Of course the weather was a big factor. It was a perfect day. But what made this year’s annual Tinner Hill Heritage Music Festival — held earlier this month at Cherry Hill Park in the center of Falls Church — such an amazing success and triumph for the values that the Little City stands for was not just the music, or the food, or the venue, or the organizing that went into it. It was the makeup of the participants.
By that we mean it was one of the most fully racially integrated events anyone could hope for. And that was truly beautiful.
Such a makeup is a rarity even in the big cities, but to accomplish this in this Little City, suburban as it is and still overwhelmingly white in its demographic makeup of residents, offered a hopeful glimpse of what the future will hold for us.
Kudos go to the founders and earliest organizers of the Tinner Hill Heritage Foundation, steadfast civil rights advocates Ed and Nikki Graves Henderson, for their vision and efforts to launch the annual event, and for the irrepressible Rock Star realtor Tori McKinney for her mammoth organizing effort pulling the whole thing off. She told the News-Press that about 2,000 people participated in what we thoroughly hope will be a growing annual event.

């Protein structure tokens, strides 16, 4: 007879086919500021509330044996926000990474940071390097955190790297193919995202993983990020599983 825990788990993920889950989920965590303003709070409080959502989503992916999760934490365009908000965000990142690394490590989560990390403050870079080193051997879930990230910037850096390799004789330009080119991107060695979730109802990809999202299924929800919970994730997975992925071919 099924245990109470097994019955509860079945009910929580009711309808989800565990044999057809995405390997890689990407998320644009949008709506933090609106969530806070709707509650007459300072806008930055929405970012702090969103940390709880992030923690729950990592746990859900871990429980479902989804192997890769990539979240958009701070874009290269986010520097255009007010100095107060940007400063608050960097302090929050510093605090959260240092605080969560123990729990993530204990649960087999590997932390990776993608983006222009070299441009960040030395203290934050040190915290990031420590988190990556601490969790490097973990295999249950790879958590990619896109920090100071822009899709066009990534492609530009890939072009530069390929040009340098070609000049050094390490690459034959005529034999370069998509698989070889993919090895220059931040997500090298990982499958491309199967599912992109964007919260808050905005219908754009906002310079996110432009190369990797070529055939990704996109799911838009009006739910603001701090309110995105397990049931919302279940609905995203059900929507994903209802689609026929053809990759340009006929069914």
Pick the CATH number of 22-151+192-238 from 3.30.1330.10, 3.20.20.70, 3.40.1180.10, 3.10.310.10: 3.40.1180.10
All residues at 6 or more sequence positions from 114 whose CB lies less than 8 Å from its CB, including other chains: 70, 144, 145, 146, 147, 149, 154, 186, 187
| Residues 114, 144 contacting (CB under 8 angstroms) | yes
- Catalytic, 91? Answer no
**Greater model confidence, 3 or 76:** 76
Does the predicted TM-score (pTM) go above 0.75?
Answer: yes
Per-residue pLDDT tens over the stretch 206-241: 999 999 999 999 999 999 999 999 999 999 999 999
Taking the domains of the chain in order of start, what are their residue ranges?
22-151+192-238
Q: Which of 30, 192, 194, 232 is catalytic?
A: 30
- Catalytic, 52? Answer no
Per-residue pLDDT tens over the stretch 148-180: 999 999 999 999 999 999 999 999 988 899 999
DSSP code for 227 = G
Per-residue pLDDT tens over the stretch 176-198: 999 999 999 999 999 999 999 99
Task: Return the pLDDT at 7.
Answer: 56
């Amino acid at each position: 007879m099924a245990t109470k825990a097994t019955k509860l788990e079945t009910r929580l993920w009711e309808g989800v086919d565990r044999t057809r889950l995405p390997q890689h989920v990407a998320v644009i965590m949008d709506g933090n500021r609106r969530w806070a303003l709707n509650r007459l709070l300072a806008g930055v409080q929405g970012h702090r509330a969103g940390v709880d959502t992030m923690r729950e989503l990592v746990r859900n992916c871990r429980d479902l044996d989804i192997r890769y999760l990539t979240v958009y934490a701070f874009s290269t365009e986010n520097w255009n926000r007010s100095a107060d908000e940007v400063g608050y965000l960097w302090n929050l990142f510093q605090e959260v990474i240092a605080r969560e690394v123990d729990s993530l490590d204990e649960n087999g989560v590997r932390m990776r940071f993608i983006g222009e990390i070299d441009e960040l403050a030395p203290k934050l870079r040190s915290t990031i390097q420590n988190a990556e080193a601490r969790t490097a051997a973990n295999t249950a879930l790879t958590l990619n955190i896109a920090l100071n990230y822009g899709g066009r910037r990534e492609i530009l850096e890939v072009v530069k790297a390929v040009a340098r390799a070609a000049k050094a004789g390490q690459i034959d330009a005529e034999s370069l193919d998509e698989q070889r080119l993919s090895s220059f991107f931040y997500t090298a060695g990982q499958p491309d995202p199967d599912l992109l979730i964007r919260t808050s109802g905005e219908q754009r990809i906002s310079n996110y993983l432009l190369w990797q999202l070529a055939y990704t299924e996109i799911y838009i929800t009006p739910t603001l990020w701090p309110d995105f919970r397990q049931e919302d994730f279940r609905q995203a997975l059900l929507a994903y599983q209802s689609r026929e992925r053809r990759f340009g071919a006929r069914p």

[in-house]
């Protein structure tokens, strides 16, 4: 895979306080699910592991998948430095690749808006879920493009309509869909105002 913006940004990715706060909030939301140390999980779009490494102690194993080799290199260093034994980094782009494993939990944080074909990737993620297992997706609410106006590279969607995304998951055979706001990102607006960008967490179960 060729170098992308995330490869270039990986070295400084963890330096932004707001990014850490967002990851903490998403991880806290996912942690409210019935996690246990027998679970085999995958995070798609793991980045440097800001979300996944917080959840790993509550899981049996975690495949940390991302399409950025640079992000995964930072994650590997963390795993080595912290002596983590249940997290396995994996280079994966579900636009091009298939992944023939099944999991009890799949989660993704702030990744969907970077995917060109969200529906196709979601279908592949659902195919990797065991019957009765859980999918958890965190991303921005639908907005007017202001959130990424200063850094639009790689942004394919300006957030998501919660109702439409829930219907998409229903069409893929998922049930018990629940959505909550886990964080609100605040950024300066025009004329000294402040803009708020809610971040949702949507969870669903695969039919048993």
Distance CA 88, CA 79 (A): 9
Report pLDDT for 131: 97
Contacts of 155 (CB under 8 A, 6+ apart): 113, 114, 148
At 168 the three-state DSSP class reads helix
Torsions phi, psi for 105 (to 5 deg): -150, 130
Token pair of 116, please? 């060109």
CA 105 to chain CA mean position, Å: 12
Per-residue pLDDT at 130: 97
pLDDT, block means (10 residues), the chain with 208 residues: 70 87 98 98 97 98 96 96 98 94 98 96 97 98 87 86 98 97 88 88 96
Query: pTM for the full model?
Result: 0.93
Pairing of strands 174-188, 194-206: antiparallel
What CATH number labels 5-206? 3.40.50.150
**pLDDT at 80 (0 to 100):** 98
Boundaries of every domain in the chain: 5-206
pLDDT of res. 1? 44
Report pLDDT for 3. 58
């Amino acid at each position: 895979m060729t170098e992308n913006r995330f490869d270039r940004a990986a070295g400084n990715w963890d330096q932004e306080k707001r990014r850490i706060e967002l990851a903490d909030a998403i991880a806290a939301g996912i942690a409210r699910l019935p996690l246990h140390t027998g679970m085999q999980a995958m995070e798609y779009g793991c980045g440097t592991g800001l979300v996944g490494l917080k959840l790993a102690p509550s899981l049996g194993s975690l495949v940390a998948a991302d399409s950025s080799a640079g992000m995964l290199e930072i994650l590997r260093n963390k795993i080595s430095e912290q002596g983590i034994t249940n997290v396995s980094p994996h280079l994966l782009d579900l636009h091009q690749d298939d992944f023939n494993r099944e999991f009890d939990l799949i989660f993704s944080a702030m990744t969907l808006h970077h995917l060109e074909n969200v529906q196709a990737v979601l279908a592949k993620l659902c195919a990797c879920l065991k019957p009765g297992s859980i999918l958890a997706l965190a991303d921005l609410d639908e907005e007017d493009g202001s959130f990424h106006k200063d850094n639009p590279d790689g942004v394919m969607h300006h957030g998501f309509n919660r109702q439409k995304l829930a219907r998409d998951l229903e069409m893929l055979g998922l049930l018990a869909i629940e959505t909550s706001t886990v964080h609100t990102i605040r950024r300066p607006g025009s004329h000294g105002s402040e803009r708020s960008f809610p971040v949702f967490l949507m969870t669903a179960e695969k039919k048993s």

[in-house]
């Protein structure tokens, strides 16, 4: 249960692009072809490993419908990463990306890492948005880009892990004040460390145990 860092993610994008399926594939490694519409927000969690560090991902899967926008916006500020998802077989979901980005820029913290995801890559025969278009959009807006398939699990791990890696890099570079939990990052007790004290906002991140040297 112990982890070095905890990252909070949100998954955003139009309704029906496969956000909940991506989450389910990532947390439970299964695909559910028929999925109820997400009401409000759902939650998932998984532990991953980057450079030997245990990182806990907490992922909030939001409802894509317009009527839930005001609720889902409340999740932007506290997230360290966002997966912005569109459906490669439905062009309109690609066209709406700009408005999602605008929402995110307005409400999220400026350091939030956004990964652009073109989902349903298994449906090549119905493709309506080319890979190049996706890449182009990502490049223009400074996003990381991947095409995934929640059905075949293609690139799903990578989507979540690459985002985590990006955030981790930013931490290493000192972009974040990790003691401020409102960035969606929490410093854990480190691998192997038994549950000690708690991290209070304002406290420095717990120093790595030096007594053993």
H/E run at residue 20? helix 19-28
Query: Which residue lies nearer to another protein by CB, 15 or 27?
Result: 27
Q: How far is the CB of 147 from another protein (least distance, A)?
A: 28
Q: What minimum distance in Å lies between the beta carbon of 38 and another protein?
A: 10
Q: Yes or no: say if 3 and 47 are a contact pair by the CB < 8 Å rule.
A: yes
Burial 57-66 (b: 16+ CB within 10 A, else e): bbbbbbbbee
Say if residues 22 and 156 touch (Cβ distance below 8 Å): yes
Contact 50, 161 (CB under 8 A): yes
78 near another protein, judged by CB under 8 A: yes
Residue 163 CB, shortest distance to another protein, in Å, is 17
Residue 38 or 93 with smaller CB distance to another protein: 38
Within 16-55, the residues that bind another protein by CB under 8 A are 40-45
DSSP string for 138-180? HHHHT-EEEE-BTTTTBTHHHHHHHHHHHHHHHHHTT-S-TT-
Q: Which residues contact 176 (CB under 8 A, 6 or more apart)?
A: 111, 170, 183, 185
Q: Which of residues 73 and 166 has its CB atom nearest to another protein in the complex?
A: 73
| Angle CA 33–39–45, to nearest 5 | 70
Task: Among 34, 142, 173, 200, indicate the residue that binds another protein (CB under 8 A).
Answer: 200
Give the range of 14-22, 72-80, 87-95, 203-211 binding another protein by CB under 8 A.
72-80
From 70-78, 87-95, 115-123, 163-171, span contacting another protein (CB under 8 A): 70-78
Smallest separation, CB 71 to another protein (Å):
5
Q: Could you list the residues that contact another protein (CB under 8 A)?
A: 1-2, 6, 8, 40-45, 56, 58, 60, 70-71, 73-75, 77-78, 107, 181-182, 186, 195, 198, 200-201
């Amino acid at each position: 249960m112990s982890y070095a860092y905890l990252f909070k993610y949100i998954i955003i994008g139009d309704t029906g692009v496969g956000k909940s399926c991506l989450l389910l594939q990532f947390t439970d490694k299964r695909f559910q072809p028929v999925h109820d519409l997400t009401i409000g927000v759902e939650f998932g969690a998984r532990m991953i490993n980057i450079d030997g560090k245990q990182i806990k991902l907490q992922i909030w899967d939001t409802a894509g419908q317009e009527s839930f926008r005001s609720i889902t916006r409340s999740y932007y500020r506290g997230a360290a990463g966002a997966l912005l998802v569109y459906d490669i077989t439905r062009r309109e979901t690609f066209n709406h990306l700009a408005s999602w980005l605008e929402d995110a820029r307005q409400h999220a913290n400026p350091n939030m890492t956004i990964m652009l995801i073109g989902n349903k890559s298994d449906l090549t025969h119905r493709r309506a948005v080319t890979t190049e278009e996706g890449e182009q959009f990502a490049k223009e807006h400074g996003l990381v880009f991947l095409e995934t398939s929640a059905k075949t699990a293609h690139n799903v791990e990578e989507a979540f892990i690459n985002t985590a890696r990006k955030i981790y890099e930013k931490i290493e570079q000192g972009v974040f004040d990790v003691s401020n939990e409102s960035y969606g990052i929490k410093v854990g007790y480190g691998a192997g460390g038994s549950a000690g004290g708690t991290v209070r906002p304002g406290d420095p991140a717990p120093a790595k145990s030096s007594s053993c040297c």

One is tempted to evoke the memory of Woodstock, when the peace, love, racial justice and anti-war sentiments of the 1960s peaked at that historic musical event in upstate New York. It’s hard to fathom how few among us these days are old enough to remember that seminal event. An excellent documentary made about it did not address the social context that produced it, which was in full flower then.
No, the little Tinner Hill Festival in Falls Church was no Woodstock, and the comparison is, admittedly, laughable. Not only was our event obviously much smaller, it was less messy (there was no big rainstorm), with far fewer varieties of psychedelic libations and no sex on site that we heard about. The main similarity was the copacetic atmosphere, the peace and love vibe, that despite everything is still alive and struggling to grow amongst us.
To be sure, we’re not hippies here. Yet the tendency to hold out the kind of event that happened here does evoke a notion of the possibility that nourishes the soul and inspires us to try even harder to make for a just and compassionate society. It comes as the furies of hateful reaction have been staging a comeback of their own, and so not a moment too soon.
If this year of the James Webb telescope has reminded us of anything, its that this little spinning globe on which we live is lonely and isolated. But it’s ours, and we need to nurture all the love we can on it.